exploring vulnerability and transparency one bath at a time

Tag: Family

Lorin Elise


Date of Interview: July 29, 2017

Name: Lorin Elise

Age: 23

Location: Chicago, IL


How often do you bathe or shower? Do you have any rituals?

Just about every day. And then sometimes I skip a day [laughter]. Yeah. I’ve tried to get into rituals, like just having habits, and suck at them, so I just don’t try anymore [laughter].

If you were an underwater creature, mythical or real, what would you be?

I’ve never thought about this. I don’t know a lot of underwater creatures. Dolphins, I guess. They’re the most recognizable for me. Yeah.

What are you passionate about?

People, art, and music. Probably in that order. No. People, music, then art. Yeah. I sing. I just joined a worship ministry, actually. So singing, I did it growing up, but never as an adult. So it’s my first time doing that. And then, I played trumpet for eight years from middle school through my first year in college. And then I stopped in 2014ish whenever I left my first school. I’ve tried to learn guitar over the years, here and there, I dabble. And then I had a piano growing up, because my dad played. So I can pick up a tune or two on there. And a friend gave me an electric bass. So I played at one service, and probably won’t again until I start practicing [laughter]. But yeah. I love music.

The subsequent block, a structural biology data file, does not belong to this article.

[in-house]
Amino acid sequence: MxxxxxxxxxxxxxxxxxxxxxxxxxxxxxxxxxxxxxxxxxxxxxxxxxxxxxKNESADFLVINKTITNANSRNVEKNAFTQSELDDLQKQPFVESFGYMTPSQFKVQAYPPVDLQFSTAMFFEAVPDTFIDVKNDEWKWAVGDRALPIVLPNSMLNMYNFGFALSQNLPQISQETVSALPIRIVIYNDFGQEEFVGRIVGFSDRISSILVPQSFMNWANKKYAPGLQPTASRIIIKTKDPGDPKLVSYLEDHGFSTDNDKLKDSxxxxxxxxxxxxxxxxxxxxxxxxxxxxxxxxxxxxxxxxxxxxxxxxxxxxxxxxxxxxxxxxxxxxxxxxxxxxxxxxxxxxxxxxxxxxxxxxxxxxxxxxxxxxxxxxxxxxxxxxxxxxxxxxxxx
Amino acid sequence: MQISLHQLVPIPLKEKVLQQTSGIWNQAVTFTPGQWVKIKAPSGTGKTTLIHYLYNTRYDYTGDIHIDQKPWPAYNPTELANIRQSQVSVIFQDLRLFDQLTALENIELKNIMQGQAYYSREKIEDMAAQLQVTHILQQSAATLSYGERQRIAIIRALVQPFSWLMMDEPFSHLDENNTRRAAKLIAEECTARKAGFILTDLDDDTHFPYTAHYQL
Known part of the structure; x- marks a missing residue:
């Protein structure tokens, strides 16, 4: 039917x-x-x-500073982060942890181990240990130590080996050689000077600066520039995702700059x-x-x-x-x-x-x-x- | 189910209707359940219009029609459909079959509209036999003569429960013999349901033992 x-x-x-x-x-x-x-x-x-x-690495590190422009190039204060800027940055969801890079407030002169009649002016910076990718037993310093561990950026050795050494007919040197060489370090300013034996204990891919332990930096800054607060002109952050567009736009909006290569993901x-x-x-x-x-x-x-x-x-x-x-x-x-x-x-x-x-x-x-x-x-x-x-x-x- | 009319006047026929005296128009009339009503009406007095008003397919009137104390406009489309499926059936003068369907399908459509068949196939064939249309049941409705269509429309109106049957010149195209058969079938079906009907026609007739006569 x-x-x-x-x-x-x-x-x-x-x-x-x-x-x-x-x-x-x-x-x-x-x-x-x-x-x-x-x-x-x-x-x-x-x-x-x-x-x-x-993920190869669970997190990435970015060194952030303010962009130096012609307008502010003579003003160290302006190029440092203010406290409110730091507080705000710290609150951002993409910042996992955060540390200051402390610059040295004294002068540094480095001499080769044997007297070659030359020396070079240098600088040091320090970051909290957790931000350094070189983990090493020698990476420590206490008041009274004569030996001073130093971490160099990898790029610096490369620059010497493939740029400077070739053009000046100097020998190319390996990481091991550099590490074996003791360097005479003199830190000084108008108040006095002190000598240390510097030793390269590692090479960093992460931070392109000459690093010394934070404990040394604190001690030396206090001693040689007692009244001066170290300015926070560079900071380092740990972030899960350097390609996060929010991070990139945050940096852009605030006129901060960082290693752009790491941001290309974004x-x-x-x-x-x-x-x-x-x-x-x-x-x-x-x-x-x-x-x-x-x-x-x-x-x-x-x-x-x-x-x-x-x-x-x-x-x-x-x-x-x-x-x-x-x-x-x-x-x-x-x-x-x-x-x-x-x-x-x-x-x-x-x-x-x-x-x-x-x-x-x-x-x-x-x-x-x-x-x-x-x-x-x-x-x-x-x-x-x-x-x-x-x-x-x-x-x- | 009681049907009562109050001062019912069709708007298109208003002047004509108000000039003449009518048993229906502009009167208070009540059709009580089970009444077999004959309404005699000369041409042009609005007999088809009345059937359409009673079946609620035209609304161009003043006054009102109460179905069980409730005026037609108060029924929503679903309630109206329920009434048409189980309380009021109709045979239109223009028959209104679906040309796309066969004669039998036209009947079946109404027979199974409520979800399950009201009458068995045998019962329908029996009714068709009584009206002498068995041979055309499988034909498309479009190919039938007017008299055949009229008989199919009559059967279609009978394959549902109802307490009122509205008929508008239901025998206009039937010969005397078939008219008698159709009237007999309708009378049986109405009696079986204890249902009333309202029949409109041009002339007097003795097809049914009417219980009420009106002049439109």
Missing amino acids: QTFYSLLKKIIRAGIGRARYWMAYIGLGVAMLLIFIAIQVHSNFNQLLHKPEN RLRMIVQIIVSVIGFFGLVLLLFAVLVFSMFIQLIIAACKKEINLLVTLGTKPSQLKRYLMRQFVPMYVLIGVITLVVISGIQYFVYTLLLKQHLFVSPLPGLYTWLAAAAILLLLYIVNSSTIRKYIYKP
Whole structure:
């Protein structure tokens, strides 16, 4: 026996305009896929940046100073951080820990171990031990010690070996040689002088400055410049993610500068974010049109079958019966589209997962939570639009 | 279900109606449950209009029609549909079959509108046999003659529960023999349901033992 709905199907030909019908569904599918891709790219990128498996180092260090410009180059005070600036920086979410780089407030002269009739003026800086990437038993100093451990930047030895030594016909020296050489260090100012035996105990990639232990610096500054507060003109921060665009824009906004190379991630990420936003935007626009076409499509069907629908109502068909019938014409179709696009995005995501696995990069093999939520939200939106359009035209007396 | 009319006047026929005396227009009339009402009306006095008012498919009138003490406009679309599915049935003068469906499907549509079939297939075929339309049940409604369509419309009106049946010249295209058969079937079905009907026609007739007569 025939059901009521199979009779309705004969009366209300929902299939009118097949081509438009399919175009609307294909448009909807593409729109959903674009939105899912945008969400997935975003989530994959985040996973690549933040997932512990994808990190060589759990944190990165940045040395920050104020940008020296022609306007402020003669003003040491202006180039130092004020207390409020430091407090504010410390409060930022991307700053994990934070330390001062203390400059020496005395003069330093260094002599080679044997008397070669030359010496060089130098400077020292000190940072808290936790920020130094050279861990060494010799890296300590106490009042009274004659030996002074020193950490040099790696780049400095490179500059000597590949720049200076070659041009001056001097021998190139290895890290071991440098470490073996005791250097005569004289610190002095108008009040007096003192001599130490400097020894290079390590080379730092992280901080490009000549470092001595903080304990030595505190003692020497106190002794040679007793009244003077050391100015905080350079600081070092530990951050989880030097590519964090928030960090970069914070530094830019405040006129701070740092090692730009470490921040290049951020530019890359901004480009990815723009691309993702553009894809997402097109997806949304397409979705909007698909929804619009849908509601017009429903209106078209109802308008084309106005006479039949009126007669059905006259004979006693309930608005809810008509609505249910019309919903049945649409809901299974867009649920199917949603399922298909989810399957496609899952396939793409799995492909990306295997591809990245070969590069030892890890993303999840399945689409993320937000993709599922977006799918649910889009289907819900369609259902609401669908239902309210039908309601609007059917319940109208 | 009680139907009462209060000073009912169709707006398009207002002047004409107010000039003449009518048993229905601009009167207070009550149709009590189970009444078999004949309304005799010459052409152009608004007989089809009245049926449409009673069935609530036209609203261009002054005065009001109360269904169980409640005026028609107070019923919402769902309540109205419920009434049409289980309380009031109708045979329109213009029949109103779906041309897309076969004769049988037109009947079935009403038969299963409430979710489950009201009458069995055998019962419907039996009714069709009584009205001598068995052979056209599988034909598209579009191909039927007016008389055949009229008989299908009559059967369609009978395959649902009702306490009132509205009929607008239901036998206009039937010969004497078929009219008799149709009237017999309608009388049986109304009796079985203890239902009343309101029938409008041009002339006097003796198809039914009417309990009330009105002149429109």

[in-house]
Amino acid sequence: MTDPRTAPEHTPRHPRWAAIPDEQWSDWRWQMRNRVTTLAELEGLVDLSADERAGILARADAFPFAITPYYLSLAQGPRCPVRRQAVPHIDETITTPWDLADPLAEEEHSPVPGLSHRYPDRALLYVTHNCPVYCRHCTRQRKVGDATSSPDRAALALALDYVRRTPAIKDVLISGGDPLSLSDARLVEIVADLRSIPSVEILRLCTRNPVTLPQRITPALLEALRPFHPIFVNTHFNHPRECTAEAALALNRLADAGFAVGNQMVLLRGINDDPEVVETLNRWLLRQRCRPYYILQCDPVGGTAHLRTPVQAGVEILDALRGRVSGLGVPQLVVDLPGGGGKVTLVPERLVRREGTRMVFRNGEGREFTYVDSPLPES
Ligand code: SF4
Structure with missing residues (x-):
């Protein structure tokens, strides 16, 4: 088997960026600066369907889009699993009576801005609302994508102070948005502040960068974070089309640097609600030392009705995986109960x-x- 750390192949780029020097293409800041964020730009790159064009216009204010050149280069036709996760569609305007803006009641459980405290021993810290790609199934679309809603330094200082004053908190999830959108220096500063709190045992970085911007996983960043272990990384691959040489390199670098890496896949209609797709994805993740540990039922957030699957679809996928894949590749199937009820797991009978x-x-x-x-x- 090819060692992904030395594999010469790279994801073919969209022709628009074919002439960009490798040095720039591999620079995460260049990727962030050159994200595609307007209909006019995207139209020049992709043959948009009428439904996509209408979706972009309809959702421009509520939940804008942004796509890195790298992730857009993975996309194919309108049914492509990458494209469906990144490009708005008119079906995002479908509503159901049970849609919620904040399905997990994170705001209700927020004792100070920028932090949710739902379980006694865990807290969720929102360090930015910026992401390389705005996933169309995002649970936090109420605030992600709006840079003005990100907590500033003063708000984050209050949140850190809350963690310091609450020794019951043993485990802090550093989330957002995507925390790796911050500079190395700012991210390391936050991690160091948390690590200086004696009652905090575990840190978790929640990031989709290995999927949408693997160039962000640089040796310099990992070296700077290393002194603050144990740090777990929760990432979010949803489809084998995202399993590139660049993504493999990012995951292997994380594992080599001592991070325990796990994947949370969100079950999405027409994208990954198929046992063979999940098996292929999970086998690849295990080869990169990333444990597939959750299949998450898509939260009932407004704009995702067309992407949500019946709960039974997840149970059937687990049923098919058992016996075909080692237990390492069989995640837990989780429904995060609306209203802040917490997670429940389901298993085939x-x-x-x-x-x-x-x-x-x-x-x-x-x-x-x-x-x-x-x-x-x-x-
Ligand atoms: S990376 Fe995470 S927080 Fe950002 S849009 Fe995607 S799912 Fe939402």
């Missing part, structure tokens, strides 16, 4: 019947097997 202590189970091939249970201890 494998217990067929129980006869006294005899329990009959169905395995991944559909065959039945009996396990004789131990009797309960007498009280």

Are music, art, and religion all tied in together for you?

Not necessarily. I feel like singing is definitely a gift that God gave me, so I can use that to worship. But I mean, everything I do in life is worship, or should be. So, yeah. And I don’t know if I would call it religion necessarily, but yeah.

Were you raised in that way of being of service?